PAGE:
Table Hint (Transact-SQL)

  • 3
    I agree, but not completely; it is important to point out that a NO LOCK / READ UNCOMMITTED hint doesn't actually improve the speed of the query, but more-so makes it appear faster because it doesn't have to wait for previous queries to complete. So really, the query SEEMS faster, rather than IS faster (I think).
    – Möoz
    Aug 7, 2013 at 2:00
  • 1
    @BorhanMooz Well, there is the savings from not having to request locks from the lock manager. Even if there are no other queries waiting, this has a cost and a memory overhead. Aug 7, 2013 at 19:09
  • 1
    I was discussing this with some of my work-mates. As I understand it, a query using a WITH(NOLOCK) hint still requires a Schema-Shared lock to be attained (mssqltips.com/sqlservertip/2470/…).
    – Möoz
    Aug 8, 2013 at 1:11
  • 1
    Yes, but not thousands of shared locks on pages or extents. A Schema lock is ONE lock, not THOUSANDS. If we want to be pedantic, we can continue to debate this, but yes, there will be a minimal amount of lock overhead. The savings are significant. Do the math on this: msdn.microsoft.com/en-us/library/aa337559(v=sql.100).aspx Aug 8, 2013 at 3:22

In addition to what is said above, you should be very aware that nolock actually imposes the risk of you not getting rows that has been committed before your select.

See http://blogs.msdn.com/sqlcat/archive/2007/02/01/previously-committed-rows-might-be-missed-if-nolock-hint-is-used.aspx


It will be faster because it does not have to wait for locks.

  • 1
    How much faster? Could you provide any speed improvements numbers? Apr 16, 2010 at 11:51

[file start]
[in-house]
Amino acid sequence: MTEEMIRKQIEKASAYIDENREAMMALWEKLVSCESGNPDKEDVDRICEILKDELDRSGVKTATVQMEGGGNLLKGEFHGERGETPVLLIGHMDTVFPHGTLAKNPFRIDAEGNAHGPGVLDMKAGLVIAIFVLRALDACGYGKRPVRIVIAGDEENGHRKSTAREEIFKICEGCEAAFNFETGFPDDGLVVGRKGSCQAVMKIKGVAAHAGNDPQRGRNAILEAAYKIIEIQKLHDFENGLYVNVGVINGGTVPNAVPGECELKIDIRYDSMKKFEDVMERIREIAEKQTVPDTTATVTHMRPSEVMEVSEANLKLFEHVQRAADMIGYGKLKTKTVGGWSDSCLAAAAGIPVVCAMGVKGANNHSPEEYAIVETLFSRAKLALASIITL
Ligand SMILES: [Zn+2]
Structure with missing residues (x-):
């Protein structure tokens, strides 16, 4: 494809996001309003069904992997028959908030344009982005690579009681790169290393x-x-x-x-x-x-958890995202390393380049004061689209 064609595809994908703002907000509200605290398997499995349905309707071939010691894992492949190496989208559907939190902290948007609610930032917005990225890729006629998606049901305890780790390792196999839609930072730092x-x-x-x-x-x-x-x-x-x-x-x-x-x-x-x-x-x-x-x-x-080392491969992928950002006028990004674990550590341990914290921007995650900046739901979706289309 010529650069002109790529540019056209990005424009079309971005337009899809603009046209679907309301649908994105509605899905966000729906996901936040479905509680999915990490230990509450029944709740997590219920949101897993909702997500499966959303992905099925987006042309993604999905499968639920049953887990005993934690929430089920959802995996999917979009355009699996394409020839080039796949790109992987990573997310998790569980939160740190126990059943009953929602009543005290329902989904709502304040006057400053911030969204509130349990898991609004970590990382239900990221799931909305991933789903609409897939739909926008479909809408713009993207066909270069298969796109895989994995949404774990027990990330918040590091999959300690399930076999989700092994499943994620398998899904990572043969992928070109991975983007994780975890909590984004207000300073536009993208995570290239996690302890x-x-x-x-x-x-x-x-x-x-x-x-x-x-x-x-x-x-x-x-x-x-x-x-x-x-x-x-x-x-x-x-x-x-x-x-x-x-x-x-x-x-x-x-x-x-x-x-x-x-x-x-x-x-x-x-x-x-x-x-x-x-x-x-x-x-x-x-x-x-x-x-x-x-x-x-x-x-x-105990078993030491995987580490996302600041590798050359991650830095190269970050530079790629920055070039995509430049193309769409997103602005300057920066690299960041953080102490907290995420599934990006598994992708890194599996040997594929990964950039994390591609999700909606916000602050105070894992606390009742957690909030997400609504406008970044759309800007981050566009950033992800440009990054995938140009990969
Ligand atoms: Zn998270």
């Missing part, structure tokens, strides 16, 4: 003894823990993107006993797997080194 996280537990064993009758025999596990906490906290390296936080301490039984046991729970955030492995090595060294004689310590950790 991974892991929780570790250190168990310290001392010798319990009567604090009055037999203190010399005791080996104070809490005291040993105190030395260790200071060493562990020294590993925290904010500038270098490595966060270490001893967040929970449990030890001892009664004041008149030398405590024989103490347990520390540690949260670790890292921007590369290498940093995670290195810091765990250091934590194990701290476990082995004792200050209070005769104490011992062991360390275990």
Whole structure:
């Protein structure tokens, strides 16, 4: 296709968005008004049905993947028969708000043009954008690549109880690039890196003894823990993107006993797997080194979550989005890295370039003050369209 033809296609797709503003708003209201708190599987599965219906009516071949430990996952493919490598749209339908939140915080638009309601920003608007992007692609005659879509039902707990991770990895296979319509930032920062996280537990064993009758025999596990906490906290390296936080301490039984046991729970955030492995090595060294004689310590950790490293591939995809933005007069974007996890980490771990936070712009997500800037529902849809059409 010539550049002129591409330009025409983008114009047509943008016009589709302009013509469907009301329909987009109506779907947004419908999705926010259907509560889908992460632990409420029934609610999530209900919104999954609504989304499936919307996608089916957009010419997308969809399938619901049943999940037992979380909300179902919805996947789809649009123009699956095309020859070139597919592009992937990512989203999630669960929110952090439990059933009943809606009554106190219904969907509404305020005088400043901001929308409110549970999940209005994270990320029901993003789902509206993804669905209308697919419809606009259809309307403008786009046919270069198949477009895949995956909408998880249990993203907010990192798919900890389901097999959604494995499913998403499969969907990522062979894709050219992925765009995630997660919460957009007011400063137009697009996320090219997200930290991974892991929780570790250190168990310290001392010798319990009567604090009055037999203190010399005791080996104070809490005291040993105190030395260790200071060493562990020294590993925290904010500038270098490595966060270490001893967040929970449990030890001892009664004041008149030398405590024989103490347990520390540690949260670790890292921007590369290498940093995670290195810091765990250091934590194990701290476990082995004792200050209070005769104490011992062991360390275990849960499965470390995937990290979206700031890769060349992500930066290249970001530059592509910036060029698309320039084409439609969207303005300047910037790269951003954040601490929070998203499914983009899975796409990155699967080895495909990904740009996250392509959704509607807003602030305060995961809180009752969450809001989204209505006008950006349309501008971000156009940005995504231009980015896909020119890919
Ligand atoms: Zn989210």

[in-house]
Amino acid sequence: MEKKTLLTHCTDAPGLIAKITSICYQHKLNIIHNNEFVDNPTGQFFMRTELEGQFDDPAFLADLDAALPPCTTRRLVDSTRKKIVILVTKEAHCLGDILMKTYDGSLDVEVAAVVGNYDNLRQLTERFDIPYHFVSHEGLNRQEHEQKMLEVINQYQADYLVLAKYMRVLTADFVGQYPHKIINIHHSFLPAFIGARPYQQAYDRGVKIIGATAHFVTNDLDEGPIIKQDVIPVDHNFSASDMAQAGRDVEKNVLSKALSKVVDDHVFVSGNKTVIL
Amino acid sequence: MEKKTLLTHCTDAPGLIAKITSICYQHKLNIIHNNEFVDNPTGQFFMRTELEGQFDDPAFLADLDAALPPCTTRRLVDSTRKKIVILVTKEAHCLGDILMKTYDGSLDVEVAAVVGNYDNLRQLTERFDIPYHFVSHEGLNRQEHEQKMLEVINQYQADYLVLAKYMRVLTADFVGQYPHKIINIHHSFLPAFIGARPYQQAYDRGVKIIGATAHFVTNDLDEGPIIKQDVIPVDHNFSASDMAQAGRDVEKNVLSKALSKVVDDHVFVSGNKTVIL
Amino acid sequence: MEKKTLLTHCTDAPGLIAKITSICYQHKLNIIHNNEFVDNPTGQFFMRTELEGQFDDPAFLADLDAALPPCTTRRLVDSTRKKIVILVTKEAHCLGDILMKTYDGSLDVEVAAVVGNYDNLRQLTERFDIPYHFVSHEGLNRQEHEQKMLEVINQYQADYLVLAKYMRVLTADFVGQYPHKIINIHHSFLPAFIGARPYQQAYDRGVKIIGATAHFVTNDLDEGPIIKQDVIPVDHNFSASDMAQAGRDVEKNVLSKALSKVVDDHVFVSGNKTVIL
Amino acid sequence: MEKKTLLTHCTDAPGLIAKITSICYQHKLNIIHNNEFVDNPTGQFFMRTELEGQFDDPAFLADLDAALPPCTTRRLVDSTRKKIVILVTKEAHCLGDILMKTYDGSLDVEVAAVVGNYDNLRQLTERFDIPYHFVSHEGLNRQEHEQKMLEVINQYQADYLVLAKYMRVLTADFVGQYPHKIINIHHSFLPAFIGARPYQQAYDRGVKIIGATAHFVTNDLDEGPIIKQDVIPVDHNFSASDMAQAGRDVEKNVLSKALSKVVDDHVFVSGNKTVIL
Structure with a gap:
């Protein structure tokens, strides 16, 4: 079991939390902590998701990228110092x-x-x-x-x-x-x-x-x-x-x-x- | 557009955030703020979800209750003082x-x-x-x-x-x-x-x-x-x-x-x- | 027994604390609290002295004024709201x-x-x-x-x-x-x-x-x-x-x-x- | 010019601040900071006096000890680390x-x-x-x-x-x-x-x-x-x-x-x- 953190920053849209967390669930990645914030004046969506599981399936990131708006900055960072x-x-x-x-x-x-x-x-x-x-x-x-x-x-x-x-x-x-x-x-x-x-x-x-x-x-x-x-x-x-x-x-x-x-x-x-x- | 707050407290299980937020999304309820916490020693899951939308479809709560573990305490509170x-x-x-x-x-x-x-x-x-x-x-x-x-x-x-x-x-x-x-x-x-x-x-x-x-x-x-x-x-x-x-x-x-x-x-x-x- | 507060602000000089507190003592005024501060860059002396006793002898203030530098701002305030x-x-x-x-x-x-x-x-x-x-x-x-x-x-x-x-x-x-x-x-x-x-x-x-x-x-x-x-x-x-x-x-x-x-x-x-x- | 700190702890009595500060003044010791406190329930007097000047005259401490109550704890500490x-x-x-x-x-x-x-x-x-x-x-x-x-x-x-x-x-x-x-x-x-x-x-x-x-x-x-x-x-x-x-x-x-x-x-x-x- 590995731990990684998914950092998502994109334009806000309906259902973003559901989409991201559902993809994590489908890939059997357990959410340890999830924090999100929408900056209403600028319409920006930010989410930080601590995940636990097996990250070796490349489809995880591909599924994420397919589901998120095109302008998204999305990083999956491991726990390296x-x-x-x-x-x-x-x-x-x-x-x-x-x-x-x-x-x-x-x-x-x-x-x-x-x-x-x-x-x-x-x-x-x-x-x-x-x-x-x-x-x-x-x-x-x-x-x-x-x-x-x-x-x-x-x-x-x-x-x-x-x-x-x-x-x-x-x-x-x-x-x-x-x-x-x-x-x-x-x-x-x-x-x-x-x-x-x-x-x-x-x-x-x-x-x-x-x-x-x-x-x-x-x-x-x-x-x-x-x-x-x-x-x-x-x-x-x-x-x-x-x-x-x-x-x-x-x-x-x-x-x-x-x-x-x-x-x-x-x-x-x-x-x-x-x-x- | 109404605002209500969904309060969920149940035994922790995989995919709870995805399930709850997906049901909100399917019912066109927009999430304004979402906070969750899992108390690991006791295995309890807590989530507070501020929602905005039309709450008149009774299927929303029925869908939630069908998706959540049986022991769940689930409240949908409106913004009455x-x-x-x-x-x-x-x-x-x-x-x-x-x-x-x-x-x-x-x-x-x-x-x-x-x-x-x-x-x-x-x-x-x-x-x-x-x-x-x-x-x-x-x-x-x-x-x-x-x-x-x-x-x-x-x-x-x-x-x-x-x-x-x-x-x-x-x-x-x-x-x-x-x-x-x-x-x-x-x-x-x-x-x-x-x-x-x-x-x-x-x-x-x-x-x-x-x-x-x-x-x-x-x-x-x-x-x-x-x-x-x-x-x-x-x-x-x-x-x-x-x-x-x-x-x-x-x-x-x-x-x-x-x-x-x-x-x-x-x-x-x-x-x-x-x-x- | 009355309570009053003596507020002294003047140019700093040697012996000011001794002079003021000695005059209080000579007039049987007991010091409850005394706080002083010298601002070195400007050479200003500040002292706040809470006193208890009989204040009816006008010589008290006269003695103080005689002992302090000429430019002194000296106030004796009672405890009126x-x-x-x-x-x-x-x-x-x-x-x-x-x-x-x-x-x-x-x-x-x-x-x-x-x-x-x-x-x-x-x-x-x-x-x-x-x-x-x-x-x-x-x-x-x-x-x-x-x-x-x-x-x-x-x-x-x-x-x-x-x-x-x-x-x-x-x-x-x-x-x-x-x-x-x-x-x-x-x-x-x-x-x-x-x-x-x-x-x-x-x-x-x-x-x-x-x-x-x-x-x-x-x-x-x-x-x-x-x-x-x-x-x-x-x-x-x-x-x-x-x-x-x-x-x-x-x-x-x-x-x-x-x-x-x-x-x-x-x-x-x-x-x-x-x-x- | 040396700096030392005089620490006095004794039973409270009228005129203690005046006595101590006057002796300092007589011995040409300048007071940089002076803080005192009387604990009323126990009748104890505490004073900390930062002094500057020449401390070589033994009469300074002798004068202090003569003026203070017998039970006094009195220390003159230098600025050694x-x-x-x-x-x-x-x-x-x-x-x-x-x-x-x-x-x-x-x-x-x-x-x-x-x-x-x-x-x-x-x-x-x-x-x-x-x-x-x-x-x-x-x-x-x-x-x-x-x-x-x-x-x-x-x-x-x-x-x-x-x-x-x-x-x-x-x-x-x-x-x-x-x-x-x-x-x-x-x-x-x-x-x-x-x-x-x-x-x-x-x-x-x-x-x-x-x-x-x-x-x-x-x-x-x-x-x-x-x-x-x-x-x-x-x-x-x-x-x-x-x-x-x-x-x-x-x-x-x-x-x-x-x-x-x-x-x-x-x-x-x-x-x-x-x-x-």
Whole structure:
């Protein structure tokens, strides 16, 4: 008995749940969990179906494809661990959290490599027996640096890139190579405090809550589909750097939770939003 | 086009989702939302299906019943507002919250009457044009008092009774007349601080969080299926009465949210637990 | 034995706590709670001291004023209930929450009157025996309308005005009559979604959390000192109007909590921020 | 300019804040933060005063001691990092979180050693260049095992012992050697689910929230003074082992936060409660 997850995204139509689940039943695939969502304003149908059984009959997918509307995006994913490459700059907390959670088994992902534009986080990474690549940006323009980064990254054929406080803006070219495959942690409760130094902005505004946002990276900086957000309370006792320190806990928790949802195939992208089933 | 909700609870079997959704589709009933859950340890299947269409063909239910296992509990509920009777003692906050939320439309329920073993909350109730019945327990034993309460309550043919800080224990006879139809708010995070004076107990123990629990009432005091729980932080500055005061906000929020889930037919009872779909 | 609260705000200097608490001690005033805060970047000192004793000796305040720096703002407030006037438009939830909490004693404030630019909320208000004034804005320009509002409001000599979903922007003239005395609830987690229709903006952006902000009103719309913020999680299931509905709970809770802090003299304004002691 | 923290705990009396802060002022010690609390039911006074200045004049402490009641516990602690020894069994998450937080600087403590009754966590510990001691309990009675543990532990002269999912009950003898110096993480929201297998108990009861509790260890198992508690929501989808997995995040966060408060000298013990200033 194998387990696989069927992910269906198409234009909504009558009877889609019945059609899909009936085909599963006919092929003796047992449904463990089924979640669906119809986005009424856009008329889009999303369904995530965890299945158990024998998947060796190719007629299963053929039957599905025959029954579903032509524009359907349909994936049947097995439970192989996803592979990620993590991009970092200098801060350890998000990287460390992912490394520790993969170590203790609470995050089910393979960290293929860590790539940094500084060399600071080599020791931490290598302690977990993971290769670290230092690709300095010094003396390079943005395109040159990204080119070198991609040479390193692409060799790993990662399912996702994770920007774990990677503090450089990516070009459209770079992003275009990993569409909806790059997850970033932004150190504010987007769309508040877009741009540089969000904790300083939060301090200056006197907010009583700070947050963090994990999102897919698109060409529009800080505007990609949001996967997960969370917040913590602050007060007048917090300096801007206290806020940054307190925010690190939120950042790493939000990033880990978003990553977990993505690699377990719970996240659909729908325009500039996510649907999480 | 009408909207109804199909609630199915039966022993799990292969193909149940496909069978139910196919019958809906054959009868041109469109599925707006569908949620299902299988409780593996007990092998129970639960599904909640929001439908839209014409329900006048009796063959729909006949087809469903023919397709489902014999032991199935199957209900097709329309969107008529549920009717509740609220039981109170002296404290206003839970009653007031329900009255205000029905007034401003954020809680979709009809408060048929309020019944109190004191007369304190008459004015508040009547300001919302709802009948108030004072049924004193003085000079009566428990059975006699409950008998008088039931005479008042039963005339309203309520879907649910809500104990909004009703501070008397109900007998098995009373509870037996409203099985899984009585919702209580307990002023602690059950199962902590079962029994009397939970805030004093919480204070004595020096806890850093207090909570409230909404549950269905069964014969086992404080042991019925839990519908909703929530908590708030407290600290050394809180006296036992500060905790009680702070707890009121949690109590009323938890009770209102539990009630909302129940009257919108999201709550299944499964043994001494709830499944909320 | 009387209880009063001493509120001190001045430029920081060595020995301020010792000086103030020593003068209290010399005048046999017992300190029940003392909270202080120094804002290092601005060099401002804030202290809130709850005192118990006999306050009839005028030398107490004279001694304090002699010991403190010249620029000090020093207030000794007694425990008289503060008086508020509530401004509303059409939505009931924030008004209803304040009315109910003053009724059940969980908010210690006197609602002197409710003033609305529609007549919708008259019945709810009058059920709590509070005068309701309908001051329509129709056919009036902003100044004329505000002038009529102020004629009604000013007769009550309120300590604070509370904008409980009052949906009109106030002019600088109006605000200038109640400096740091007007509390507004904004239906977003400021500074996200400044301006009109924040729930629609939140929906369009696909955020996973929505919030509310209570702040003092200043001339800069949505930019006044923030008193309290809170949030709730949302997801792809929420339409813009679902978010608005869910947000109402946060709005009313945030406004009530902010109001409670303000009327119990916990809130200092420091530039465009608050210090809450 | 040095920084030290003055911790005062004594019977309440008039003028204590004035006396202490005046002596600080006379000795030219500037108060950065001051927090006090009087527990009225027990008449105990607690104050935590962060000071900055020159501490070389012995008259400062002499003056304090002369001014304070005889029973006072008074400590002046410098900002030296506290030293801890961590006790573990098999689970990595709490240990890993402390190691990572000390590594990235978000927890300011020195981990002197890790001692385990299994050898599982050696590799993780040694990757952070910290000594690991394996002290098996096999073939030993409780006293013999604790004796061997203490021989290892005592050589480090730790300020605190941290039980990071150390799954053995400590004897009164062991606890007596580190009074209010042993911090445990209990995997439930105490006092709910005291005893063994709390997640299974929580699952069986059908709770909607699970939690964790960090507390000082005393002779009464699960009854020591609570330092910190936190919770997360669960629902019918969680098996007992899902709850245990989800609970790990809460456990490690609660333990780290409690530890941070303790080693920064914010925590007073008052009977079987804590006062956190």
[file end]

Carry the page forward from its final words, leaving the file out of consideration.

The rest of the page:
• 6
    "How much" depends on what you are specifically doing with your data and how long you typically have to wait for a lock acquisition.
    – StingyJack
    Apr 19, 2010 at 16:40
  • 1
    The only correct benchmark is the one you create & run yourself. What everybody tells you is as good as "the check is in the mail". I've proven many myths and assumptions wrong many times by running my own benchmarks.
    – TravisO
    Aug 20, 2013 at 19:10
  • 1
    ^ @TravisO - is completely correct. I've had NOLOCK execute slower a few times. Not entirely sure why, but I'm using that when troubleshooting and I dont want to negatively (over)affect production
    – StingyJack
    Jun 29, 2017 at 19:52
  • The answer is Yes if the query is run multiple times at once, because each transaction won't need to wait for the others to complete. However, If the query is run once on its own then the answer is No.

  • Yes. There's a significant probability that careful use of WITH(NOLOCK) will speed up your database overall. It means that other transactions won't have to wait for this SELECT statement to finish, but on the other hand, other transactions will slow down as they're now sharing their processing time with a new transaction.

Be careful to only use WITH (NOLOCK) in SELECT statements on tables that have a clustered index.

WITH(NOLOCK) is often exploited as a magic way to speed up database read transactions.

The result set can contain rows that have not yet been committed, that are often later rolled back.

If WITH(NOLOCK) is applied to a table that has a non-clustered index then row-indexes can be changed by other transactions as the row data is being streamed into the result-table. This means that the result-set can be missing rows or display the same row multiple times.

READ COMMITTED adds an additional issue where data is corrupted within a single column where multiple users change the same cell simultaneously.